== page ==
Fri. Dec 2nd, 2022

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Film Review – Reaching for the Moon

2 min read

Based on the life of famous American poet Elizabeth Bishop, Reaching for the  Moon dramatizes Elizabeth’s passionate but destructive love affair with Brazilian architect Lota de Macedo Soares in the early 1950s. After struggling with writers block, New Yorker Elizabeth (Miranda Otto) decides to take a trip to jump-start her creativity, travelling to Brazil to stay with her old college friend Mary (Tracy Middendorf). Mary is already deeply involved in a lesbian relationship with Lota (Glória Pires), however things get complex when Lota falls for the shy, conservative Elizabeth, who eventually moves into Lota and Mary’s home outside of Rio de Janeiro. The movie unfolds over the period of their relationship, the intensity of which proves to be both its strength and its downfall as their lives become more and more complicated.

Brazilian director Bruno Barreto has created a rather strange film in Reaching for the Moon. Dealing with the weighty issues of alcoholism and mental illness, this melodrama is far from uplifting, but it lacks the emotive energy it needs to have a meaningful impact on the audience. I think the real issue is that many aspects of the story seem unrealistic, which is strange considering it is based on a true story. For example, Lota falls almost instantly for Elizabeth, causing her to very nonchalantly disregard her longstanding relationship with Mary, who on the flip side is devastated by Lota’s betrayal. The depth of feeling these women have for one another almost seems too deep, too dramatic, and too dysfunctional to be believable. The performances by the three leading ladies are fine, if a little over-done, so I would chalk this up to Barreto’s direction and the rather cliche screenplay.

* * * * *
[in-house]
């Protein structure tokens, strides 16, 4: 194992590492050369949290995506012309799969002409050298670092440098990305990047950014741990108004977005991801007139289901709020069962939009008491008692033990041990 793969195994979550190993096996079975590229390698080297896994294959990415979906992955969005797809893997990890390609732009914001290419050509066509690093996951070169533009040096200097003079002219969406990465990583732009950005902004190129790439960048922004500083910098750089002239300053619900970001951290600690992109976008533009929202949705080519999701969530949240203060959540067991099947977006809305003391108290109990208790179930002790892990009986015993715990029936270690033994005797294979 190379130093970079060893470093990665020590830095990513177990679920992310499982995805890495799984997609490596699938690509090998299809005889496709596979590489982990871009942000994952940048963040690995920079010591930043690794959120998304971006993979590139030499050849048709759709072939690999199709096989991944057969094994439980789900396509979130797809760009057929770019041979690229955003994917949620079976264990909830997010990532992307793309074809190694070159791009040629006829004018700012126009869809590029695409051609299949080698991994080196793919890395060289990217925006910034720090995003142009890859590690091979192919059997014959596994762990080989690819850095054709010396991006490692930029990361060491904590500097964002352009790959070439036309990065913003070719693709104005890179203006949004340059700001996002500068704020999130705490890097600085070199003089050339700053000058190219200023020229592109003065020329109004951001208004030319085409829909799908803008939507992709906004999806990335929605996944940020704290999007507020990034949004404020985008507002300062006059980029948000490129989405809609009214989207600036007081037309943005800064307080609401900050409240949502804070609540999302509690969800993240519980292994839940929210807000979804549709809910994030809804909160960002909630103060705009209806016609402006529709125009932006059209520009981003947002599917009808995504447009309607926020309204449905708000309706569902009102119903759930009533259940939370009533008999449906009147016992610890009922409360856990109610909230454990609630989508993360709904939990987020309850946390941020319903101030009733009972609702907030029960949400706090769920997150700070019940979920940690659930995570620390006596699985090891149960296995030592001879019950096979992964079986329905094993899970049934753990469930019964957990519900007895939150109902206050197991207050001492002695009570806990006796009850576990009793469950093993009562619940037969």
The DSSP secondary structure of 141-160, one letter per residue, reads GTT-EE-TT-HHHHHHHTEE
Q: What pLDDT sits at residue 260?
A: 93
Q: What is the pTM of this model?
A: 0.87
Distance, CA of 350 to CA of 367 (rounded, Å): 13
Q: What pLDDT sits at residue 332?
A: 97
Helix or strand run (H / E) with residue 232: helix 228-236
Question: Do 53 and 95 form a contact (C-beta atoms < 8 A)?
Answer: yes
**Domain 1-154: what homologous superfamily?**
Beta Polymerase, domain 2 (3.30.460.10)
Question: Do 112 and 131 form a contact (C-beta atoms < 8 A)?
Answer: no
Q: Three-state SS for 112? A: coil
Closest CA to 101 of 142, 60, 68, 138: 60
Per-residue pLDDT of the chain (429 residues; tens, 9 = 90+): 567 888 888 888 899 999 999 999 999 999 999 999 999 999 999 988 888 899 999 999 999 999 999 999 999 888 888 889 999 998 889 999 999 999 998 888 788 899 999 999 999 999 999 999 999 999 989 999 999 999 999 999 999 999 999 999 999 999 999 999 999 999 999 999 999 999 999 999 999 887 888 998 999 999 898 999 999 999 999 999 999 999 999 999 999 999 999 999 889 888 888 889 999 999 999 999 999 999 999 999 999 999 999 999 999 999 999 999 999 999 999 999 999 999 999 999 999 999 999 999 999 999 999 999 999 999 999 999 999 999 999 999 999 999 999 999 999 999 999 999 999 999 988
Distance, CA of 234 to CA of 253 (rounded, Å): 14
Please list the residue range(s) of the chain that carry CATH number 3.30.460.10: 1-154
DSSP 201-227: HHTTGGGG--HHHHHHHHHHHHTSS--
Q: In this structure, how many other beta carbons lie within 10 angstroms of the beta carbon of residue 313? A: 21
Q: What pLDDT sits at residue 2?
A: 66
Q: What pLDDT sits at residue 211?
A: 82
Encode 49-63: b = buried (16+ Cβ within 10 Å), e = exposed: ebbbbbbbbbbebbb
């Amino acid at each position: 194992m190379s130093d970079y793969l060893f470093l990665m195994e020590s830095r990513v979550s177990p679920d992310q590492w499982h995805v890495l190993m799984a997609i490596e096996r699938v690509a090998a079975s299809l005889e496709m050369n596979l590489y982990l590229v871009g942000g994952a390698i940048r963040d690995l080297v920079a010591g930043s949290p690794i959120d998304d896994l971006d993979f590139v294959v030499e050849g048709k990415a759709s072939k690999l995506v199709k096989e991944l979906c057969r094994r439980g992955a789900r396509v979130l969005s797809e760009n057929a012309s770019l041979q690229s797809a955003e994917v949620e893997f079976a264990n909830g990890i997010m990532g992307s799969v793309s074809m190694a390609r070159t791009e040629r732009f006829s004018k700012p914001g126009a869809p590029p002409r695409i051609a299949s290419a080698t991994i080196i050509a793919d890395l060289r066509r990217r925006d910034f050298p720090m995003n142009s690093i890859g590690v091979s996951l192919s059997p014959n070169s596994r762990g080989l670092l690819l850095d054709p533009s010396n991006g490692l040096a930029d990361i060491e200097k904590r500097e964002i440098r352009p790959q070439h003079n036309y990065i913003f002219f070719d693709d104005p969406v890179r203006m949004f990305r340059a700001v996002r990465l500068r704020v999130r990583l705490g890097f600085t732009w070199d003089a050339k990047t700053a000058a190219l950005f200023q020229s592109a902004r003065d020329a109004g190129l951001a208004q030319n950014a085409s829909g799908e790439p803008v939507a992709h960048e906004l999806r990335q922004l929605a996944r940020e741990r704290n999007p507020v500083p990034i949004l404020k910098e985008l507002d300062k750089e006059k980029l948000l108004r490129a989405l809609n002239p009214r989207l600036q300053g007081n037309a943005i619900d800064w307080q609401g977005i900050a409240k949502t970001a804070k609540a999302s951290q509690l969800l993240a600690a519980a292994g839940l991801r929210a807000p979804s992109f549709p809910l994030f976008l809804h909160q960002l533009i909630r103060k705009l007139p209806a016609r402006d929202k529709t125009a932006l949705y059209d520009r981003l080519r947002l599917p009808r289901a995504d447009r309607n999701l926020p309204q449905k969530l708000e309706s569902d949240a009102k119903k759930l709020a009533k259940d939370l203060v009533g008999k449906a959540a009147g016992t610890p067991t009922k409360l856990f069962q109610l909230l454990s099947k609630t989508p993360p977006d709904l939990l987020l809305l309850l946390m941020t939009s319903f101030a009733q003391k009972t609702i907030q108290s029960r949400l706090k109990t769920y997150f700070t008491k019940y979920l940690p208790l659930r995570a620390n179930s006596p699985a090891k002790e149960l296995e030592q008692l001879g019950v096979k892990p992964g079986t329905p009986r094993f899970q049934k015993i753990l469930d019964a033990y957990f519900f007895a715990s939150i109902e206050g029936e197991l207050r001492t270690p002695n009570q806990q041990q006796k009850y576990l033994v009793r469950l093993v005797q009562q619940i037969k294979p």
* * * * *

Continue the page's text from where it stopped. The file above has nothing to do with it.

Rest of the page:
Reaching For The Moon Insert

The result is a really naff film that lacks excitement and originality, and seems to take itself way too seriously. The use of glaringly obvious visual symbolism and metaphors only makes this worse. It gives the impression that the movie was put together by an amateur film student, not an experienced director such as Barreto. At 118 minutes, the film isn’t super long, but the glacial pace at which the plot progresses makes it seem a lot longer, so by the time the real issues arose concerning mental health, I had already lost interest in what happened to these characters. None of the main characters are particularly likable either, which makes is challenging to sympathise with them when their lives eventually begin to unravel. On the plus side, the cinematography and the overall look is very pleasing, which at least makes watching the rest of the movie more bearable.

Ultimately, Reaching for the Moon doesn’t pack the emotional punch that it should. There did exist a poignant tale about love and loss that could have shone through, but it was dulled by the melodramatic tension between the characters and some lackluster film-making. I recommend letting this one fly under the radar.   

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